In order to circumvent restrictions on purchasing key ingredients to manufacture methamphetamine, a new process of synthesizing the narcotic has become more common that poses dangers to local residents.
The process, sometimes referred to as “shake and bake” or “one pot” meth, requires only a soda bottle to manufacture the methamphetamine. Manufacturers of the substance can use smaller amounts of the key ingredients needed to produce meth by using the bottle to help synthesize them together. The remnants of this type of production pose hazards for those who might come across them.
Local law enforcement officials are urging residents to not handle any bottle that they might come across that contains a white powdery residue, a white or brown sludge, or that otherwise looks suspicious. The bottle may be highly volatile and may explode if shaken, when the seal is broken, or when exposed to the right temperature. Anyone who comes across such a bottle should contact their local law department, who can neutralize and dispose of the bottle safely.
[emember_protected custom_msg=”Full content protected for online subscribers. Purchase a one week subscription from the top menu bar for just $1.99 to read all online content (full access). Longer subscription plans are also available. Subscriptions cover our costs to attend local events; bringing forth Hometown News Coverage to our communities.”]
The “shake and bake” or “one pot” method of producing meth requires only a few cold pills, which are mixed with common – but toxic – household ingredients and produces enough meth for a user to get a few hits. Just as the process requires fewer ingredients, it also requires less space, and has mobilized the more traditional on-site makeshift meth lab. When the user has finished with the bottle, they simply toss it out their car window.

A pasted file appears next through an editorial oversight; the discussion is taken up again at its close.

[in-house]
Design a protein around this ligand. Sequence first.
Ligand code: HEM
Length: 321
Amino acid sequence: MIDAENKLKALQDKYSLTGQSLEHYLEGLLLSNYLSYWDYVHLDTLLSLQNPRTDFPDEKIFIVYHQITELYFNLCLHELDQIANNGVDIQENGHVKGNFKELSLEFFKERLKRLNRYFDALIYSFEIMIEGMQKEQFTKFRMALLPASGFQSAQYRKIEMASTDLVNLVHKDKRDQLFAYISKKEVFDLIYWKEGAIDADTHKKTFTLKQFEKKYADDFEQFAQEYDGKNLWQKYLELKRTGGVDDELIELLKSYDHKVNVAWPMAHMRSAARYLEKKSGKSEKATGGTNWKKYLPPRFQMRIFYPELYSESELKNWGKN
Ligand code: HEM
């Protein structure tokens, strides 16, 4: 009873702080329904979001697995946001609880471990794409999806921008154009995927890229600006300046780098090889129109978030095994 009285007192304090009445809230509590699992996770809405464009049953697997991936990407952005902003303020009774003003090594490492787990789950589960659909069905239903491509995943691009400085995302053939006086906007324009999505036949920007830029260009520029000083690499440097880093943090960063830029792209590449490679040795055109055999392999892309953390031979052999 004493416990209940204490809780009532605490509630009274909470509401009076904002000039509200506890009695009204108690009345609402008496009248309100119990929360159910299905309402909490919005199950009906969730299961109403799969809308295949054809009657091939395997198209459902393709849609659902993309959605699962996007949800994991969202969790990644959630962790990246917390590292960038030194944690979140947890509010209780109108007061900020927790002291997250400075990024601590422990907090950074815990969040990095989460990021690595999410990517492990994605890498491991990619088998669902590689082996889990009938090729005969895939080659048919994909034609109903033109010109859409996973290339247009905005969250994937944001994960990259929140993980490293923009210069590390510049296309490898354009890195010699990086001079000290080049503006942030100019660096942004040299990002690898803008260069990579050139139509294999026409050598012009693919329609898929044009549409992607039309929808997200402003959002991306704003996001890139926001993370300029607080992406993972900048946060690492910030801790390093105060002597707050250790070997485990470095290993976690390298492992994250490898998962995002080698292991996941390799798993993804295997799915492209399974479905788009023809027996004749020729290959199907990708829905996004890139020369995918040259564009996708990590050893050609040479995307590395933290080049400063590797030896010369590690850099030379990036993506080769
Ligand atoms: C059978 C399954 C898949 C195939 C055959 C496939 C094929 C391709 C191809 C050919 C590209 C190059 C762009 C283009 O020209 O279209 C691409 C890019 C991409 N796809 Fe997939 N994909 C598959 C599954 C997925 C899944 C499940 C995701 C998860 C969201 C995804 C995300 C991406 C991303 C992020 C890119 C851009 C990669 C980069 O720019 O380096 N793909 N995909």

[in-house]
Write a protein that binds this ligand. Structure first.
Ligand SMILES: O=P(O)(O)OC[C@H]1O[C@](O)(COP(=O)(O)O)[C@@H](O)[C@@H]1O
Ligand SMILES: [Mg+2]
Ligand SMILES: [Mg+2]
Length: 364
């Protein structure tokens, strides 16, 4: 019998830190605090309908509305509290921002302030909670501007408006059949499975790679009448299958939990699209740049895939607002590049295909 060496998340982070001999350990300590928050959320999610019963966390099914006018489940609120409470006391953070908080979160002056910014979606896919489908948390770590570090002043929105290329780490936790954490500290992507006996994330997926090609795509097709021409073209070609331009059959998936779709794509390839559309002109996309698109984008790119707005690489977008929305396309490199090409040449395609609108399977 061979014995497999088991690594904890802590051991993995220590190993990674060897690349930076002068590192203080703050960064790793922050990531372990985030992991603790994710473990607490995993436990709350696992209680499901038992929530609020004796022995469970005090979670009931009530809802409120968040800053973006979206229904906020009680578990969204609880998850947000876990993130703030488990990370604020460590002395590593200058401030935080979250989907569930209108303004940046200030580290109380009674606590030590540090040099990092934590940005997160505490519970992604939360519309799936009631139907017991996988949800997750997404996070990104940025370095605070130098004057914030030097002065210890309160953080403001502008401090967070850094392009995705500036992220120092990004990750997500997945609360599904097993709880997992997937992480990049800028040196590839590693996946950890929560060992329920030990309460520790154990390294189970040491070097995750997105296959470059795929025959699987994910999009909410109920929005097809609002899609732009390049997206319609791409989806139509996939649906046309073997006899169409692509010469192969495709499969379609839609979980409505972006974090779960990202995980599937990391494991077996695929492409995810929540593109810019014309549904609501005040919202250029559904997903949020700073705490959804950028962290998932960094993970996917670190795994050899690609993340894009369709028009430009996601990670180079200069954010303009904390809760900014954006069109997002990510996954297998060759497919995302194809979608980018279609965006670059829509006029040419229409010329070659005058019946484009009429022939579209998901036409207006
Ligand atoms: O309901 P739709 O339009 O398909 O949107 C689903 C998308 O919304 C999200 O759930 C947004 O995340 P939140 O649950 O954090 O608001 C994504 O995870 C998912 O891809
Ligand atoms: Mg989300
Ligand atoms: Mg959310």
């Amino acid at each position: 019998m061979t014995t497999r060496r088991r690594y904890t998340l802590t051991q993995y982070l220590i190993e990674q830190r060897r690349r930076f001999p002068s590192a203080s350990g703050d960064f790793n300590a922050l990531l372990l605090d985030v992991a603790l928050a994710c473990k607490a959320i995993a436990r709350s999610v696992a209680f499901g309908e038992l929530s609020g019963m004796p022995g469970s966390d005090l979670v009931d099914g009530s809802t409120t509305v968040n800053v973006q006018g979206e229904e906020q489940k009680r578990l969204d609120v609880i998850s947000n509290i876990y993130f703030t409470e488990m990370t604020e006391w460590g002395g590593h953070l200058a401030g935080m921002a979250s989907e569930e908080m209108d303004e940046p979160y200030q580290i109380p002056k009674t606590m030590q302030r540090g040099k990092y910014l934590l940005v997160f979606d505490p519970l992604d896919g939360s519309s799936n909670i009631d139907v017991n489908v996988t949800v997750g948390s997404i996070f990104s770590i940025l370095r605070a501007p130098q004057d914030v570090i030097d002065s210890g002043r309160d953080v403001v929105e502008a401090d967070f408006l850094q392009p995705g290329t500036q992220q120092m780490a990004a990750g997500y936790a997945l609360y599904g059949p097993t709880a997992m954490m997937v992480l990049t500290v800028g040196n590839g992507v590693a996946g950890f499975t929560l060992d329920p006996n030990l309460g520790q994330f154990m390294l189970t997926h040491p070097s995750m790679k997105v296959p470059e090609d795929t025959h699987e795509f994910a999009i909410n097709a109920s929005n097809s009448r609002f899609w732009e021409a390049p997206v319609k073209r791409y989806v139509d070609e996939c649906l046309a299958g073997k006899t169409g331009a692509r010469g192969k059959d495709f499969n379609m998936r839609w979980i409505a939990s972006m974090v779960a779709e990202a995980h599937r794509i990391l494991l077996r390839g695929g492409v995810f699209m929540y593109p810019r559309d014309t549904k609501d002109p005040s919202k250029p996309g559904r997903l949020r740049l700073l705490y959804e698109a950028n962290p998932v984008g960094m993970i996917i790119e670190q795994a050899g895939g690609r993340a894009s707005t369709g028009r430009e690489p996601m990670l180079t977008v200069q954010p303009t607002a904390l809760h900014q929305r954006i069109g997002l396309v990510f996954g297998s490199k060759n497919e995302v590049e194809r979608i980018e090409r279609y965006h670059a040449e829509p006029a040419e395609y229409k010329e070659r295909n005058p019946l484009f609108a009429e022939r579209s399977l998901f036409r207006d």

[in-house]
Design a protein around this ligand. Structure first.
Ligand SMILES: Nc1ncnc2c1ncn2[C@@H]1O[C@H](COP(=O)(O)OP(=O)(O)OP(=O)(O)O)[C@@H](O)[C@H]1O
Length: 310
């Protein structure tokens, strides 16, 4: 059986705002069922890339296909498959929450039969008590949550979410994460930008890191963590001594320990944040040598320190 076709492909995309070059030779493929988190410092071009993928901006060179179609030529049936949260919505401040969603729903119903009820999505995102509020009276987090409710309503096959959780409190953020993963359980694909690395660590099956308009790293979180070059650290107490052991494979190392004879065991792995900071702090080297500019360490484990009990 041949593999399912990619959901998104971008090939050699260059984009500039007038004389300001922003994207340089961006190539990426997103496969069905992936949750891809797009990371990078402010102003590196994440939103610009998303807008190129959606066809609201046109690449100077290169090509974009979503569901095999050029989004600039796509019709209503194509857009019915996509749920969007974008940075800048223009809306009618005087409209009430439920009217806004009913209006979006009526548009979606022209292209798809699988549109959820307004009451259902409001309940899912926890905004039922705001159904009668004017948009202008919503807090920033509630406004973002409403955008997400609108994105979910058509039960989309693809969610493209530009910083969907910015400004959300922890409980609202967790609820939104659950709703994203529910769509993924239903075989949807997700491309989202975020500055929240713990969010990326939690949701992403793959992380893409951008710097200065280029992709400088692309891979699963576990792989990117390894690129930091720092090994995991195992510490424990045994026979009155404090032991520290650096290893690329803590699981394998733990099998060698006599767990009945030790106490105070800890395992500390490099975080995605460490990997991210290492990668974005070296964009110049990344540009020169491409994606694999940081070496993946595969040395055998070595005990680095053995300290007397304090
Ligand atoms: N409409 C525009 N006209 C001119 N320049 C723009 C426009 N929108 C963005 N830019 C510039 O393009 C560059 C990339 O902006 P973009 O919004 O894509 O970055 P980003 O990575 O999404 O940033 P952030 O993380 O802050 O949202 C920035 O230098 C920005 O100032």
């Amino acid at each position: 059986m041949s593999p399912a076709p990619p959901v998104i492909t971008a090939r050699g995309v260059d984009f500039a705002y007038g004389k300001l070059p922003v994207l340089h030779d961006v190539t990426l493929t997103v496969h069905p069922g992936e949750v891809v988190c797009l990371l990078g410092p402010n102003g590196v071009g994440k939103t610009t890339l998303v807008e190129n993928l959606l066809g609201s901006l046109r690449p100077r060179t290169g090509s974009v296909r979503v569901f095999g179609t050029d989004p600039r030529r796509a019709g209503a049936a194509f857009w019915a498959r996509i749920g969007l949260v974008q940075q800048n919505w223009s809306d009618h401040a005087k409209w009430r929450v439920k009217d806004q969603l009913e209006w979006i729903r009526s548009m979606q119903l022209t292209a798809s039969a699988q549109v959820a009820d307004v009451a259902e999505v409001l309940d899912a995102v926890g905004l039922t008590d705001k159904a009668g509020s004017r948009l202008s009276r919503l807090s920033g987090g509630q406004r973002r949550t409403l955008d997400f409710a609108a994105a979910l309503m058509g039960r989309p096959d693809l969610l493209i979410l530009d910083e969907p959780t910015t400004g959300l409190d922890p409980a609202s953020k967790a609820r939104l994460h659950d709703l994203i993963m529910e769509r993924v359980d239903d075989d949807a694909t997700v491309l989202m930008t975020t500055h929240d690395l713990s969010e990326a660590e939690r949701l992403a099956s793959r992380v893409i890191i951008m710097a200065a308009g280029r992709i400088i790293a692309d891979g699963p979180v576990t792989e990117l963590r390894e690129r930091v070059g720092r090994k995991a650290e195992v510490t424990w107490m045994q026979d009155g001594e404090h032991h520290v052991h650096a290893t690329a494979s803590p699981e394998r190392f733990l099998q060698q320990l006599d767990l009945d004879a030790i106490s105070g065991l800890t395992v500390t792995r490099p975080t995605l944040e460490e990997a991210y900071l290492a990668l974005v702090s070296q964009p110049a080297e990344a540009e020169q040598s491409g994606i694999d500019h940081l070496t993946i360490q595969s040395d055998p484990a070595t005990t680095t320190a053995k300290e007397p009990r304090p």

As a result, the most common place that such bottles have been found is in roadside ditches, including those along back roads and major highways. Anyone cleaning trash out of ditches, whether in their own front yard or as part of a community service project, is urged to exercise extreme caution should they come across such a bottle. Just as larger makeshift meth labs have been known to be highly explosive, so too are the bottles used to make meth in smaller quantities. One official explained that “holding one of those bottles is like holding a flame thrower in your hands – except that you don’t know what might set it off.”
While the mobilization process has led to the majority of the bottles being found in ditches, residents should be aware that the process actually means that the bottles might be found anywhere. Again, anyone coming across a two liter bottle, or other comparably sized container, that has any suspicious residue or substance inside should exercise caution, leave the bottle alone, and contact their local law enforcement agency.